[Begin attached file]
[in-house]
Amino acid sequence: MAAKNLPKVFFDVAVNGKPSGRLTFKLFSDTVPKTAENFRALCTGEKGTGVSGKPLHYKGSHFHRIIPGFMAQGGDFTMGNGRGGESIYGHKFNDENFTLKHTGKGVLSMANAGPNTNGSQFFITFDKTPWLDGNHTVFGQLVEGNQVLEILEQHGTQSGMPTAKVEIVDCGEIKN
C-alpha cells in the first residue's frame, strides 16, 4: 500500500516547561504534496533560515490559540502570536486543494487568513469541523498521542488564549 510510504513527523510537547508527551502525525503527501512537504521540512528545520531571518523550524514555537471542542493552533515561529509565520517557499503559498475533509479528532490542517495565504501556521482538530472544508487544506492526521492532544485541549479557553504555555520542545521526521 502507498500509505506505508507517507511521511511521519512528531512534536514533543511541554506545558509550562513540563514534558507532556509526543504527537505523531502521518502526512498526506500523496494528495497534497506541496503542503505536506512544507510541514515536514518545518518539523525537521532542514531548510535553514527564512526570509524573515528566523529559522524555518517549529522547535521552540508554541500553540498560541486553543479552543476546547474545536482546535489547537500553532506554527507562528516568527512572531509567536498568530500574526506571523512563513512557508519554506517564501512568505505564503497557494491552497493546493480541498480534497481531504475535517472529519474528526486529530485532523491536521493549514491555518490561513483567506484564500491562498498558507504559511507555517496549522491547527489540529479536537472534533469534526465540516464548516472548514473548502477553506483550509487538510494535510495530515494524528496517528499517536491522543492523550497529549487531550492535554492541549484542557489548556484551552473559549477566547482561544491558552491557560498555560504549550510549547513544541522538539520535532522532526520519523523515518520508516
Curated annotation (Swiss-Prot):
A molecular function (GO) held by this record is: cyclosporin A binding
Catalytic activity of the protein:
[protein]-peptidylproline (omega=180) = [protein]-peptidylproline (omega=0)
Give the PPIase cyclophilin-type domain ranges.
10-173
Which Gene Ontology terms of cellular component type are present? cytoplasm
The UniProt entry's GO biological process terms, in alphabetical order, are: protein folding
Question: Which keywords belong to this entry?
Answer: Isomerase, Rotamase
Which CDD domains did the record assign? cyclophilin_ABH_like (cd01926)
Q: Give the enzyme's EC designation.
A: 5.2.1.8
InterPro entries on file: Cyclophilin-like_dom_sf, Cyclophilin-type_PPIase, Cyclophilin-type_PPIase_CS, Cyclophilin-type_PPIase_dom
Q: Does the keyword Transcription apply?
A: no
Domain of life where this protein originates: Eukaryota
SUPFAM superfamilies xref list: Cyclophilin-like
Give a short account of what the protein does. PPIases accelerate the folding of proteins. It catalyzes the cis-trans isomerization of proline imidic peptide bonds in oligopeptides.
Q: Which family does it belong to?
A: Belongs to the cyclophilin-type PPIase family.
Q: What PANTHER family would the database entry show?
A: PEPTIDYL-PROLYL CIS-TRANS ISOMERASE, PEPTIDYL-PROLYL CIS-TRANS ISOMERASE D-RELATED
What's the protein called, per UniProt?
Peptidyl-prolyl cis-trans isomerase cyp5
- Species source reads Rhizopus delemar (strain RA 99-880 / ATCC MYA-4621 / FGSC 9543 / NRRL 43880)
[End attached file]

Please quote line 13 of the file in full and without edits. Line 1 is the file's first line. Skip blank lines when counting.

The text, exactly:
Answer: Isomerase, Rotamase